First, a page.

Professors Prepare To Return to Void for Summer
UC San Diego professors prepare to return to the void as the Spring 2018 quarter draws to a close. Professors who aren’t teaching during the Summer Sessions will have to give up their living quarters on campus and return to the void until they are needed again for the Fall 2018 quarter when they will be able to return to the physical world to teach at UC San Diego.
Professors across campus have begun their annual ritual of shutting off their iClicker stations and packing their chalk back into boxes. After grading finals, many professors will be forced to return to the notoriously cold and unfeeling void. For this reason, many professors opt to put off grading finals, enjoying their last few days in the physical world.
Dr. Hank Drayton, a lecturer for the chemistry department, was interviewed in his office, putting his various knicknacks into a box as he prepared to leave our dimension. Dr. Drayton continued packing up, deflating his mattress and dismantling his desk, saying, “It gets quite hot this time of the year, but I can’t really turn on the air because there’s no air in the void. There’s nothing.” By the end of the interview, Dr. Drayton had stopped packing and started to break down into tears.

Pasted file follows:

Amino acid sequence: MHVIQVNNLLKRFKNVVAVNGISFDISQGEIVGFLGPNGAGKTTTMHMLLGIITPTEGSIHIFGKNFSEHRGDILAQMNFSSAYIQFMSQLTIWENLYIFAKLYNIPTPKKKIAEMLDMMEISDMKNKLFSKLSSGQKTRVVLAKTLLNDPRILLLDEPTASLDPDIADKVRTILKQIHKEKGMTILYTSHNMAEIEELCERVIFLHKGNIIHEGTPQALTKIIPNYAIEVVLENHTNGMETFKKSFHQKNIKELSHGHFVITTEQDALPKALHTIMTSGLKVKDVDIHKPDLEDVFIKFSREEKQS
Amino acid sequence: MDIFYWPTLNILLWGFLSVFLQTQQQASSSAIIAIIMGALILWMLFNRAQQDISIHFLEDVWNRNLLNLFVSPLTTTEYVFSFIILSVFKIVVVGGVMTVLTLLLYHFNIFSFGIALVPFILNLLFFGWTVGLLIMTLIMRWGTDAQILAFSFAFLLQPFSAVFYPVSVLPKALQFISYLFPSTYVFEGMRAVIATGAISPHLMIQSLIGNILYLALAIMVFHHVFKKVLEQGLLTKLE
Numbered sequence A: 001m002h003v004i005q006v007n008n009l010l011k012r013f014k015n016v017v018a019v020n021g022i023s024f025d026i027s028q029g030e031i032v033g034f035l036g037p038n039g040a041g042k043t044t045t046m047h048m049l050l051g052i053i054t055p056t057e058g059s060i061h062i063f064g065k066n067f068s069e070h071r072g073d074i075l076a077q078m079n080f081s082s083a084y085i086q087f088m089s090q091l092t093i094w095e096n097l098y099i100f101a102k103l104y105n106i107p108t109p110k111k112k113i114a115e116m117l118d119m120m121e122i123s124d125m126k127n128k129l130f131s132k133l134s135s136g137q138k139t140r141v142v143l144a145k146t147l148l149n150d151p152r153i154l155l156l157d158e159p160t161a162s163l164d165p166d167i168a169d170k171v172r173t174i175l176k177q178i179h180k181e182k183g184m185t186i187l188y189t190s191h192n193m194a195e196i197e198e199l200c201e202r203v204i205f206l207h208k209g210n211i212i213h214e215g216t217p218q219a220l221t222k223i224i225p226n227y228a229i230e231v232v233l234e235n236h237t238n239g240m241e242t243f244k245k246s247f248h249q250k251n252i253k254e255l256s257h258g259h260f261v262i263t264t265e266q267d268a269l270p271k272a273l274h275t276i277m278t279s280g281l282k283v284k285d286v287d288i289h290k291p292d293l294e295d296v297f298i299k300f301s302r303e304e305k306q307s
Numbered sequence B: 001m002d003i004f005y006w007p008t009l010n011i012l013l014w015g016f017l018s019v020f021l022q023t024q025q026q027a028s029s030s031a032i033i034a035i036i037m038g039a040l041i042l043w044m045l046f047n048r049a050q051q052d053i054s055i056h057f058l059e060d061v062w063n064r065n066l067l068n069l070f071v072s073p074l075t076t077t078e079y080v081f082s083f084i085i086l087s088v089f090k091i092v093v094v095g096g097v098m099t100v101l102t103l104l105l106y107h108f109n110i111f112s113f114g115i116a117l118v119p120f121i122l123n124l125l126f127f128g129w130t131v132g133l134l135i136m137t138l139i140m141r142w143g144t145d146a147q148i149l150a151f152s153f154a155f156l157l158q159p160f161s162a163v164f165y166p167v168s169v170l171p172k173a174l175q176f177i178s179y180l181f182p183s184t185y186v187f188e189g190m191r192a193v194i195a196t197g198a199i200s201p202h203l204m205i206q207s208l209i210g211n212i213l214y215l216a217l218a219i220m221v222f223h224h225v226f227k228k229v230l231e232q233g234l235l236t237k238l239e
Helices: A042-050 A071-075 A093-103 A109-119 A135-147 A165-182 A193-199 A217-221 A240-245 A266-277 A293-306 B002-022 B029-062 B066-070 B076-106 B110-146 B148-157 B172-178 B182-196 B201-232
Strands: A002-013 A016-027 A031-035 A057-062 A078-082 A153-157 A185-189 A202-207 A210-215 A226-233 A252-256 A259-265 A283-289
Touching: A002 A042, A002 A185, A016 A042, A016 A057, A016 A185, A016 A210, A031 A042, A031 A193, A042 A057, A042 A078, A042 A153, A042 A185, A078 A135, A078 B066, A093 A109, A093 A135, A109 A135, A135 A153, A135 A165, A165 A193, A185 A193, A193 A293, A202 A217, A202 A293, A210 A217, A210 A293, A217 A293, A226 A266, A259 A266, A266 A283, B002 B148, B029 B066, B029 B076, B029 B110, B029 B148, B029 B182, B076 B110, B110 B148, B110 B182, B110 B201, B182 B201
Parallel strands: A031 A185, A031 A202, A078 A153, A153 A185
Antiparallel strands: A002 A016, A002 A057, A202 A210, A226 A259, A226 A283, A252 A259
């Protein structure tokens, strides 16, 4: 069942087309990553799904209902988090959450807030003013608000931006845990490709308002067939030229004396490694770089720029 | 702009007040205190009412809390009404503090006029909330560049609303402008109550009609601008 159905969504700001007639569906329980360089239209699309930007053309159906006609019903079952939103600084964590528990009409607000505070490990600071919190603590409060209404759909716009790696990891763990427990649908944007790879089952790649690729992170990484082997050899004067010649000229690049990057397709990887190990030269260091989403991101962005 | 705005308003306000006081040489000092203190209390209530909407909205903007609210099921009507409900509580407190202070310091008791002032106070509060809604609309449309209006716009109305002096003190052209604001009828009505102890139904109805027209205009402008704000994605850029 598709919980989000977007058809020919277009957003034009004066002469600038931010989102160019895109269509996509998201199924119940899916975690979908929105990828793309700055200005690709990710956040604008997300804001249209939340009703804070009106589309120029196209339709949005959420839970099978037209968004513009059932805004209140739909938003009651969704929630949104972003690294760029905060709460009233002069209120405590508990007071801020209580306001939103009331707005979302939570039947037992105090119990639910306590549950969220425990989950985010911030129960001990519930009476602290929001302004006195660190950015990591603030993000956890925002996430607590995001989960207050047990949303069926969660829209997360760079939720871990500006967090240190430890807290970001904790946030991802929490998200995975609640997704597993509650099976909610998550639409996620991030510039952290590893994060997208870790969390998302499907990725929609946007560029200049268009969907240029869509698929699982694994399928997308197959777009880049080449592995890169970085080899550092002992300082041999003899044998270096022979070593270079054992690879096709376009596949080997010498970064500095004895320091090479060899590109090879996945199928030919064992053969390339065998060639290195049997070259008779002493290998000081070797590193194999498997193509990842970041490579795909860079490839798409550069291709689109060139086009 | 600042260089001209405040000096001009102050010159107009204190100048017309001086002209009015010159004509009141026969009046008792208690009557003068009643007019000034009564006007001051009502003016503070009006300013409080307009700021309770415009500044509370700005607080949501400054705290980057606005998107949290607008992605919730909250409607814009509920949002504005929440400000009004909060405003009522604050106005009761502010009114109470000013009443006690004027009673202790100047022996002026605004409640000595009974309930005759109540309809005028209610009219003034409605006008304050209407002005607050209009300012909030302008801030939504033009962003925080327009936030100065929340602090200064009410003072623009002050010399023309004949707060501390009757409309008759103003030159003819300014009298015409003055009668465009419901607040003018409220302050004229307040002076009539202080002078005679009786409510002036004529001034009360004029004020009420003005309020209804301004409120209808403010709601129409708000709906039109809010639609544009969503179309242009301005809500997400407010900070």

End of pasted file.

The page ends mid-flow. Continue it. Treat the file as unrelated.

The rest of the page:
Some professors, however, have gotten special permission from the university to remain in the physical world for the summer. This will be be Professor Ben Janister’s first time staying at UC San Diego over the summer. “I’m so excited. I’ve read so much about it but I’ve never experienced summer before,” said Dr. Janister, a professor recently pulled from the void with a PhD with specialties in early 20th century American novelists. For many professors like Dr. Janister, this summer will be the first time they are allowed to enjoy the summer of the physical world, thanks to the greater amount of courses offered during the Summer Sessions.
Most professors will be returning to the void within the next few weeks. While proven to be safe, the storage of human beings in the void has drawn ethical concerns. The University of California Board of Regents has been criticized for this unorthodox use of the void. However, they have argued the void is much cheaper than paying professors wages high enough to allow them to stay. According to meeting notes, a board member confirmed, “We’re planning a pool for the chancellor’s house.” As a result, professors everywhere must say goodbye to their families in preparation for their next stay in the void.